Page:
With all of its natural advantages in the area of agriculture (central location in West Africa, strong research capacity, long history of private sector involvement, and very favorable agro-ecologies for the production of a wide range of crops), one might expect Côte d’Ivoire to be well-advanced in the development of its seed systems. Côte d’Ivoire is also the country where World Food Prize Laureate, Dr. Monty Jones, developed the Nerica rice varieties in the 1990’s and early 2000’s.
But shortly after this breakthrough (and just as private sector was gaining some early recognition as a viable seed supplier in Africa), civil war broke out, and all further agricultural progress was put on hold. Fortunately, the country is peaceful now, and the progressive administration of President Alasane Ouatara has laid the foundation for a vibrant seed sector, provided an effective public-private model can be pursued.
At present, though, very few of the country’s 2.5 million farmers are getting access to improved seed, in spite of the great work being done on both the breeding and seed production front by AfricaRice in Bouaké. The piority simply hasn’t been there, on the part of the government or its development partners. But make no mistake: developing Côte d’Ivoire’s seed sector carries huge potential for benefitting millions of people, but within the country and in the region.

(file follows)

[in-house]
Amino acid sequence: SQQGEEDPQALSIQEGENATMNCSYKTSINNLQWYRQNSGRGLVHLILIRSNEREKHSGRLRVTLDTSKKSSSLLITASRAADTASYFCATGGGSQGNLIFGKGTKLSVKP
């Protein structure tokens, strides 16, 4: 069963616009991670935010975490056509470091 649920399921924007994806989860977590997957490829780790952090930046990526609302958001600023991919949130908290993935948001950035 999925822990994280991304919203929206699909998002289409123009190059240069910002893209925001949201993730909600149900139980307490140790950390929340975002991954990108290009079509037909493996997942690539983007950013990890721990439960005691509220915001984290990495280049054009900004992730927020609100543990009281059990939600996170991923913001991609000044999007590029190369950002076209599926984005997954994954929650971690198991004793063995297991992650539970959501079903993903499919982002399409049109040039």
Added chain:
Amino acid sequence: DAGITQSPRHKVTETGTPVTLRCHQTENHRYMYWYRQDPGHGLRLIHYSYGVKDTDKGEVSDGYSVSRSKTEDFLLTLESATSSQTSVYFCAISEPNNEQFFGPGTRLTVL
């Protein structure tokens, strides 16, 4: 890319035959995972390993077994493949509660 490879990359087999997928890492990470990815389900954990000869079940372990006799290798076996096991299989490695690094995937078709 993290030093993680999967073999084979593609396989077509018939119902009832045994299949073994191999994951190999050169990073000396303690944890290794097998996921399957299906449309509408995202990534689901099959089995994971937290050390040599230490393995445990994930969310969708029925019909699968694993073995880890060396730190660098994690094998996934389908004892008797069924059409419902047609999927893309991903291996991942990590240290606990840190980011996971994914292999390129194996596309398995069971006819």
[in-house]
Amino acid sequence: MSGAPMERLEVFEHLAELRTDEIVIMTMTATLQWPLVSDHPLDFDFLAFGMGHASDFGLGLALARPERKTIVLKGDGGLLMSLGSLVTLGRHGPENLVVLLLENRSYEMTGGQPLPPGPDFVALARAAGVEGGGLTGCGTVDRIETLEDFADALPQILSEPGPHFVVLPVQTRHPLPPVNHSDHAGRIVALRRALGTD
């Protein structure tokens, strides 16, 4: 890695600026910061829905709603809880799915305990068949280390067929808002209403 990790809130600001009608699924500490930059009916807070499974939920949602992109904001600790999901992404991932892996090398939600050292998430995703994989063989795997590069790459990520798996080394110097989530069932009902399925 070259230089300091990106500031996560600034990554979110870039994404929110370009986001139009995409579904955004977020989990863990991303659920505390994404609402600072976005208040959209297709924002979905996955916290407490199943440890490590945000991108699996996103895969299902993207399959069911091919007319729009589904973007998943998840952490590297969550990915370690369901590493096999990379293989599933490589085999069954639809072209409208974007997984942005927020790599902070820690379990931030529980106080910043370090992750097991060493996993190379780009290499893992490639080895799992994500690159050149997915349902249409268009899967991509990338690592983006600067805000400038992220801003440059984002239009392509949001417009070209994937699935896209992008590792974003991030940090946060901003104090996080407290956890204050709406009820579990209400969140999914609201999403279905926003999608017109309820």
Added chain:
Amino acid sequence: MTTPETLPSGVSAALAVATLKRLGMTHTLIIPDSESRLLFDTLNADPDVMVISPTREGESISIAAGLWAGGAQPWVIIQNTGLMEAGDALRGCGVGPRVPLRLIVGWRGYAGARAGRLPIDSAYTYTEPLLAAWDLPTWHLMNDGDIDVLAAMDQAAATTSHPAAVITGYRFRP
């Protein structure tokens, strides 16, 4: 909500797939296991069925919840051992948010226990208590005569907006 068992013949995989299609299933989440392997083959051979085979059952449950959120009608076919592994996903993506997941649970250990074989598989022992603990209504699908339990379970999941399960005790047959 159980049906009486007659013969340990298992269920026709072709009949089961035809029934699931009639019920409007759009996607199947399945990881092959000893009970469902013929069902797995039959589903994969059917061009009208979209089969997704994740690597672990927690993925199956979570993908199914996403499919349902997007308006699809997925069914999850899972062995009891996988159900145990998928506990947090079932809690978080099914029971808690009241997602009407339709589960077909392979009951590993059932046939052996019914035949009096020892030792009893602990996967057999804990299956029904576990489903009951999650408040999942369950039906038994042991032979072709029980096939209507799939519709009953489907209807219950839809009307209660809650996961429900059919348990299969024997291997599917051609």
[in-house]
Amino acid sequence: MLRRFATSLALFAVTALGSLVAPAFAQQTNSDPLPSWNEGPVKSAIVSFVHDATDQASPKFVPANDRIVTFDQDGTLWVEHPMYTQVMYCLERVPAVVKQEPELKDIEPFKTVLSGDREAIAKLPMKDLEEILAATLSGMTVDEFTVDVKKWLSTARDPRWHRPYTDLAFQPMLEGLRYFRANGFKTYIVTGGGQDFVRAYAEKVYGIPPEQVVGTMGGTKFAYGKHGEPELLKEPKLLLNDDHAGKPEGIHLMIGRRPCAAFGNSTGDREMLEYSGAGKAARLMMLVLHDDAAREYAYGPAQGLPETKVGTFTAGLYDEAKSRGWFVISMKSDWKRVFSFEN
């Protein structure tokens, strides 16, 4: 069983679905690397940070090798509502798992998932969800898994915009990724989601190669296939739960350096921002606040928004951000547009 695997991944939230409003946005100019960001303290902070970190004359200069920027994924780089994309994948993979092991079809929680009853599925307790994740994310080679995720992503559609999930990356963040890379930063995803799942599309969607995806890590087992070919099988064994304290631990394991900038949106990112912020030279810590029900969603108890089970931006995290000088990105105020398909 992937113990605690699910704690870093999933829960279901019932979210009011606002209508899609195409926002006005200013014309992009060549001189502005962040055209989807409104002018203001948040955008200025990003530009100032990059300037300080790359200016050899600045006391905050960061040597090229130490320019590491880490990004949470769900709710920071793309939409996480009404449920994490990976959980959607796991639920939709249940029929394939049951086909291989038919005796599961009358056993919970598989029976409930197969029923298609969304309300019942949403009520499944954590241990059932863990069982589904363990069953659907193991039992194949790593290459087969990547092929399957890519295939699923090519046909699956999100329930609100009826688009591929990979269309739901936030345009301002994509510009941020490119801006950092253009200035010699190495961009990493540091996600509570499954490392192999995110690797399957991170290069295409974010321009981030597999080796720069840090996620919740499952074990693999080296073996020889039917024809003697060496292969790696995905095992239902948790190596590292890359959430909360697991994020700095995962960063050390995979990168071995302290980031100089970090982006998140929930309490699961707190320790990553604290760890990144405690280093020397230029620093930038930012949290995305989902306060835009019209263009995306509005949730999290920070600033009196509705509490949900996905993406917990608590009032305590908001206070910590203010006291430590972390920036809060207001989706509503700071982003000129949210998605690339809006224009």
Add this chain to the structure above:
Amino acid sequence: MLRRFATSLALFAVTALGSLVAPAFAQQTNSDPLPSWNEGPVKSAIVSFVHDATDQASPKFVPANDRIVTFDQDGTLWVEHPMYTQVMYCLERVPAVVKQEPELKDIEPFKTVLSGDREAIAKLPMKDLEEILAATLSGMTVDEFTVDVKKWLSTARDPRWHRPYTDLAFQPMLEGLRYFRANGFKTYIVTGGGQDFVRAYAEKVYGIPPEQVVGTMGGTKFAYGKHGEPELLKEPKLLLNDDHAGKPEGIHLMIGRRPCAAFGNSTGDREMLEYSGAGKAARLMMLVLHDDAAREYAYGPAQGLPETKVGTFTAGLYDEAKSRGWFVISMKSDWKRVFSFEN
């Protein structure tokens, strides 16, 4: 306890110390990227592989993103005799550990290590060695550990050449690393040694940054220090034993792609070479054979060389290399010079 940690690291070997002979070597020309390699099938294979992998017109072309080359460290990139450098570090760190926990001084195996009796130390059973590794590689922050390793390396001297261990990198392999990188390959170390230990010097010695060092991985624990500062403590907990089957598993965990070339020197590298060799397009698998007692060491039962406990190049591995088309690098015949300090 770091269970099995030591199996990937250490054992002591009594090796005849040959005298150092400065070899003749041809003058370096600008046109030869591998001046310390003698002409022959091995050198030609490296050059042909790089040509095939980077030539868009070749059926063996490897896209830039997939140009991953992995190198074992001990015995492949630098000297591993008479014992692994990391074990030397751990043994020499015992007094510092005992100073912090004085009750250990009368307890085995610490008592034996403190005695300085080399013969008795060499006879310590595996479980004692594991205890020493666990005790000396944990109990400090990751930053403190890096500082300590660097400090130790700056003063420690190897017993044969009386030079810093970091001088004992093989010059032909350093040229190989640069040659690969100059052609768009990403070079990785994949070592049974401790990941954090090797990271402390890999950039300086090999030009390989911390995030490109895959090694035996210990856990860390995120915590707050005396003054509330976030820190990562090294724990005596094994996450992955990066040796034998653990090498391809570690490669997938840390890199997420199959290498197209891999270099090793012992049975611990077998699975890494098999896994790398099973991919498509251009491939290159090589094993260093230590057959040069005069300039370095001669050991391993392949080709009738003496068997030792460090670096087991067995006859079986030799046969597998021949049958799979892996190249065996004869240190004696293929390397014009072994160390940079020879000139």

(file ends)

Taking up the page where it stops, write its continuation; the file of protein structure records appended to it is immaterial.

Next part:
While in the country I met with most of the key officials, minus the Minister of Agriculture, who was travelling in Korogho region during my visit. I did, however, meet with his Directeur de Cabinet, Dr. Yao N’guettia René, who expressed a lot of enthusiasm for collaborating with SSG. Together with colleagues from Cornell University and Sathguru Consulting, we also met with the under-director for seed, Mr. Kouadio Esse, and Emmanuel Coulibaly, who heads seed production at the Office National de Développement de la Riziculture, likewise met with several representatives of multi-national seed companies which are interested in the country’s under-developed seed market.
As much as food security in Côte d’Ivoire is driven by rice and cassava, the middle belt and northern regions of the country have huge potential for the production of maize and soybean which are highly under-exploited. This is also where most of the country’s future private seed companies are likely to operate, due to the favorable seed production environment. Both Corteva and SeedCo are eyeing the potential for hybrid maize seed sales in that area.
In the meantime, as usual, local entrepreneurs have taken the lead, and we were highly impressed with the work of Mr. Faustin Lohouri, CEO of Bilohf Seed Company, near Yamoussoukro. He produces several hundren tons of seed of maize and rice, annually on his own land, and has great plans for future growth. There are more Faustins out there who, with the right kind of support, could become large-scale producers of a wide range of seed. So Côte d’Ivoire is an exciting place for seed systems development.